For principles of estoppel to be applicable, the party claiming the benefit of estoppel must have been misled to his injury and changed his position for the worse, having believed and relied upon the representations of the party sought to be estopped. *443 Neuman v. Travelers Indemnity Co., 271 Md. 636, 319 A.2d 522, 531 (1974); see Lusby v. First National Bank, 263 Md. 492, 283 A.2d 570, 577 (1971). Plaintiffs strive mightily to raise the specter that some known fact is both material and in dispute or that given further opportunity some will be discovered. This court is cognizant, of course, that the party seeking summary judgment has the burden of demonstrating that there is no genuine issue of fact and that on the basis of the undisputed material facts he is entitled to judgment as a matter of law. Phoenix Savings & Loan, Inc. v. Aetna Casualty & Surety Co., 381 F.2d 245 (4th Cir. 1967). That burden has been met here. In the face of the clear language of the St. Paul letter, plaintiffs cannot assert a good faith reliance based on prior or subsequent acts by St. Paul. Plaintiffs accepted the defense subject to the conditions imposed in the letter which included St. Paul's absolute right to withdraw at any time upon written notice. Nothing in the Haines or Powell affidavits alters these facts nor does the court perceive any way in which discovery in the areas raised by plaintiffs could do so. Knowing the limits of St. Paul's undertaking, plaintiffs now cannot assert that defendant is estopped from denying coverage. Defendant's motion for summary judgment on paragraph 1(b) will be granted.

Judgment will be entered separately.


[1] Plaintiffs sought a declaratory judgment that:

[1] a. The policy of insurance between Defendant and Plaintiffs requires the Defendant to provide a defense on behalf of Plaintiffs in the suit by the Securities and Exchange Commission.

b. In the alternative, having undertaken the defense of the Securities and Exchange Commission suit, Defendant owes Plaintiffs a duty to defend a suit with due diligence and good faith and may not arbitrarily withdraw its defense of the case to the prejudice of Plaintiffs.

c. In the alternative, that Defendant is obligated to pay the costs of defending the Securities and Exchange Commission suit through April 25, 1975, when the notice of withdrawal was received by Plaintiffs.

2. Such other and further relief as the case may require.

Subsequent to removal of this action, St. Paul paid the amount claimed in plaintiffs' relief 1c. The issues which are the subject of this Memorandum are paragraphs 1a and b.

[2] The forty-one page complaint contained three specific prayers for relief against Haines and Wright, Robertson & Dowell. The prayers were:


Grant a final judgment of permanent injunction restraining and enjoining defendants ABC, VV, Lapides, Conn, Kane, VVCC, Hering, Botwinick, Mindes, Paken, Denson, SCC, Dixon, W.F.S., Sparks, Klein & Dahne, Klein, Dahne, Suburban, First Duso, Bahl, Haines, Wright, Robertson & Dowell, Robinson, and McLaughlin & Stern, Ballen and Miller, their agents, servants, employees, successors, assignees and those persons in active concert or participation with them from directly or indirectly, in connection with the purchase or sale of securities of defendants ABC or VVCC or any other issuer, making use of the means or instrumentalities of interstate commerce or of the mails to employ any device, scheme or artifice to defraud, to make any untrue statement of a material fact or omit to state a material fact necessary in order to make the statements made, in light of the circumstances under which they were made, not misleading, and to engage in any act, practice or course of business which operates or would operate as a fraud or deceit upon any person.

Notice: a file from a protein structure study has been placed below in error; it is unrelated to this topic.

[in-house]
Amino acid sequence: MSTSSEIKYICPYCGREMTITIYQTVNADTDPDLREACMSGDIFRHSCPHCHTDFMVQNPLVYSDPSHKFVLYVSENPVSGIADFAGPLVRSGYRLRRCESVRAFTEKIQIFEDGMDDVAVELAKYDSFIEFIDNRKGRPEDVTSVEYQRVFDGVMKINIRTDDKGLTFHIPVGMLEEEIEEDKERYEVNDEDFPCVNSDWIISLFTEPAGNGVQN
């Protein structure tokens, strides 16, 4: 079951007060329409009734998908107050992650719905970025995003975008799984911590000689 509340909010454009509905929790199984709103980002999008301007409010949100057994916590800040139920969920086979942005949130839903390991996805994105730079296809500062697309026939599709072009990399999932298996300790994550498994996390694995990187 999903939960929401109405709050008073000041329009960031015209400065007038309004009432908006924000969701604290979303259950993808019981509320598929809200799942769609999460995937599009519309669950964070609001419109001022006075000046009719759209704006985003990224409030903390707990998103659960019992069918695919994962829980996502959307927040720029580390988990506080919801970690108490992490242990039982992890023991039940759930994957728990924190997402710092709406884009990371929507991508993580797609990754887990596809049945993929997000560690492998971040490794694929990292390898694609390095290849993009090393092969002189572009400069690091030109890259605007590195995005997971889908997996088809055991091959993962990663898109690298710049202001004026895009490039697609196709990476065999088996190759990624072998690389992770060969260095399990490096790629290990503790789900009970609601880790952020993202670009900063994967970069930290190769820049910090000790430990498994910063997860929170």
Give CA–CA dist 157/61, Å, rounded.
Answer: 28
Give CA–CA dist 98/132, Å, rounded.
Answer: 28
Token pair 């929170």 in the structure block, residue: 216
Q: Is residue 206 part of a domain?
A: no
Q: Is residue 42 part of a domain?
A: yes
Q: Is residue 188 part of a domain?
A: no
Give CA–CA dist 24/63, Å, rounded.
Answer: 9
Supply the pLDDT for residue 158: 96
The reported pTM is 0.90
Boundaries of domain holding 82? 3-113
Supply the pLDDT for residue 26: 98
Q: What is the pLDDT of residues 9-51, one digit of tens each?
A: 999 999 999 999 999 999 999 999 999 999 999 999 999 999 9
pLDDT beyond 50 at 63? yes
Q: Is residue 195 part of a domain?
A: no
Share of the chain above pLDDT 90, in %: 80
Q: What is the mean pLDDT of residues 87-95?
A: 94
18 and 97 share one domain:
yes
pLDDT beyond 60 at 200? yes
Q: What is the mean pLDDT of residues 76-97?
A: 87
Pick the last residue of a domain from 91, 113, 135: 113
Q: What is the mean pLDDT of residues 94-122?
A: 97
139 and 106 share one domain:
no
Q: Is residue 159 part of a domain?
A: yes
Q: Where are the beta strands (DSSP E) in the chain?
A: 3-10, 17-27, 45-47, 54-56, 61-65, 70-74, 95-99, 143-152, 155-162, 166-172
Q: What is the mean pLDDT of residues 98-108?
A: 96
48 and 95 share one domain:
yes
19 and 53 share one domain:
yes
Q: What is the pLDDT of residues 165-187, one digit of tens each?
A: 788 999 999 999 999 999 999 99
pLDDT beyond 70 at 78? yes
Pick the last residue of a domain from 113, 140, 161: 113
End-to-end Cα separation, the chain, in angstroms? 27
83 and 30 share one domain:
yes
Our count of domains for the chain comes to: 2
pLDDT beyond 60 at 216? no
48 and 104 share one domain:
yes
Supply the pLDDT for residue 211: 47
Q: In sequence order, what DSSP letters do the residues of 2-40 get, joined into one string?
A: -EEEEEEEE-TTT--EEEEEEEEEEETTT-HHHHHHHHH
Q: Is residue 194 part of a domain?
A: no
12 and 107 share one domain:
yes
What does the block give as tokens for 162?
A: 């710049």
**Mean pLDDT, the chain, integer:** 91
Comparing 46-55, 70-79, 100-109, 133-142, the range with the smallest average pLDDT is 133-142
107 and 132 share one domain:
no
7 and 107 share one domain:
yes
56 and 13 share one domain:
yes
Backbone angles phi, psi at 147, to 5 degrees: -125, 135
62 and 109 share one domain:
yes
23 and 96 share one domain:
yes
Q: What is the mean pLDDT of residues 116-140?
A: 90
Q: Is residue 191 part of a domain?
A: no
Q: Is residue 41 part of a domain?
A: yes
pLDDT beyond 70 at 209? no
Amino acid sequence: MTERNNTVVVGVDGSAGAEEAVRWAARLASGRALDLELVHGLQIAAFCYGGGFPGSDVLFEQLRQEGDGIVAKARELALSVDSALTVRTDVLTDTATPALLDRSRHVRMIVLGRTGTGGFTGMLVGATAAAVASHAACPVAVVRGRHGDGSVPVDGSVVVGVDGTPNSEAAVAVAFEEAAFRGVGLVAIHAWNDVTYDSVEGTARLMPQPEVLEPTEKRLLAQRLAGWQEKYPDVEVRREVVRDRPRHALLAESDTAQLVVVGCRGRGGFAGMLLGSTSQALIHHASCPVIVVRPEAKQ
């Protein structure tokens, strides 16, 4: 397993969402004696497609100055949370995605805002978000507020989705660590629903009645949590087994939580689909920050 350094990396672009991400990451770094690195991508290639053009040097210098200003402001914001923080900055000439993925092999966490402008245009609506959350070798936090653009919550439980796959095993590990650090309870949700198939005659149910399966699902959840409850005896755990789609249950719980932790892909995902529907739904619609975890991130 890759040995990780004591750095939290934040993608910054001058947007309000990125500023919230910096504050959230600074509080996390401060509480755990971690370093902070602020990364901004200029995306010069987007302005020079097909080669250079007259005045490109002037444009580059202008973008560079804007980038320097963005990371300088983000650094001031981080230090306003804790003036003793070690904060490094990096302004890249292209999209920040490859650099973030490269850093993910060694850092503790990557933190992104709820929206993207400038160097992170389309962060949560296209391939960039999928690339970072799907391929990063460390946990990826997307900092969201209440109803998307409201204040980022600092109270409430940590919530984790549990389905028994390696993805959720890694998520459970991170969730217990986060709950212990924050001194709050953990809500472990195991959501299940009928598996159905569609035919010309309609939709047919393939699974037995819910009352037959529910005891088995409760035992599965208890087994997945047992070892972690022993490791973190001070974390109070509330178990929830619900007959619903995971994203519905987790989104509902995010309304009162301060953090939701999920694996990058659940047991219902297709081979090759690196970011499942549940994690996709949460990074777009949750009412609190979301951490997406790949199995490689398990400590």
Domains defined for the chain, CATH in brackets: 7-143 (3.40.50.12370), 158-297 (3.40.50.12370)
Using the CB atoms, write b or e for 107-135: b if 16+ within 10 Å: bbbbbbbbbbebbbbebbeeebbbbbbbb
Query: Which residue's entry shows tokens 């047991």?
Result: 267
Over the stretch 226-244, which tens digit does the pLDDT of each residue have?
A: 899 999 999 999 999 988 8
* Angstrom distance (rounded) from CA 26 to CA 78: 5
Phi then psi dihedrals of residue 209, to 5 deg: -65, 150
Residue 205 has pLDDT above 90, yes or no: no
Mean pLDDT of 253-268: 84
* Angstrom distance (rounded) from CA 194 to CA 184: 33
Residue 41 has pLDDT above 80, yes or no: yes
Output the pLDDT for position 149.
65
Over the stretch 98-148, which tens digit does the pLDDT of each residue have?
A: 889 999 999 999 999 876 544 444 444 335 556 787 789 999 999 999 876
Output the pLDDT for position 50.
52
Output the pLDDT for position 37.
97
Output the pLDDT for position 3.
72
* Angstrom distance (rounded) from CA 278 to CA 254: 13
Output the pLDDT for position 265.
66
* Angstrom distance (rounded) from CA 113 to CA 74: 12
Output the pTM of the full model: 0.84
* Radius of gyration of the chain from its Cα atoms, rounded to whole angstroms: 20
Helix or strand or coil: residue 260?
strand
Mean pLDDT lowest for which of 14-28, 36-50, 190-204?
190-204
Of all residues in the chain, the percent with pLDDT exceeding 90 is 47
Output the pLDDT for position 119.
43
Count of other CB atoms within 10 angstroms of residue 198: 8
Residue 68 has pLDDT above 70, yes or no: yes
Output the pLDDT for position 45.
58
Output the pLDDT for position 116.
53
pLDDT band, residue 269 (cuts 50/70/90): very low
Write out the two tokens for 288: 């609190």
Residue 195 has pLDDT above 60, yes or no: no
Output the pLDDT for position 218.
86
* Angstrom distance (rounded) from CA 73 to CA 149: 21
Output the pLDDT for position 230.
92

. . . . .


Grant a final judgment of permanent injunction restraining and enjoining defendants ABC, VV, Lapides, Hering, Conn, Kane, VVCC, First Duso, Bahl, Wright, Robertson & Dowell, Haines, Robinson, and McLaughlin & Stern, Ballen and Miller, their agents, servants, employees, successors, assignees and those persons in active concert or participation with them, directly or indirectly from carrying or causing to be carried through the mails or in interstate commerce, for the purpose of sale or for delivery after sale, any security with respect to which a registration statement has been filed with the Commission, unless such security is accompanied or preceded by a prospectus that meets the requirements of subsection (a) of Section 10 of the Securities Act.

. . . . .


Grant a final judgment of permanent injunction restraining and enjoining defendants ABC, VV, Lapides, Conn, Kane, Hering, VVCC, Paken, Denson, WFS, Sparks, Suburban, First Duso, Bahl, Hines, Wright, Robertson & Dowell, Robinson and McLaughlin & Stern, Ballen and Miller, their agents, servants, employees, successors, assignees and those persons in active concert or participation with them from directly or indirectly in connection with the offer or sale of any security, making use of the means or instrumentalities of interstate commerce or the mails to make any representation:

(1) to the effect that the security is being offered or sold on an "all-or-none" basis, unless the security is part of an offering or distribution being made on the condition that all or a specified amount of the consideration paid for such security will be promptly refunded to the purchaser unless (A) all of the securities being offered are sold at a specified price within a specified time, and (B) the total amount due to the seller is received by him by a specified date; or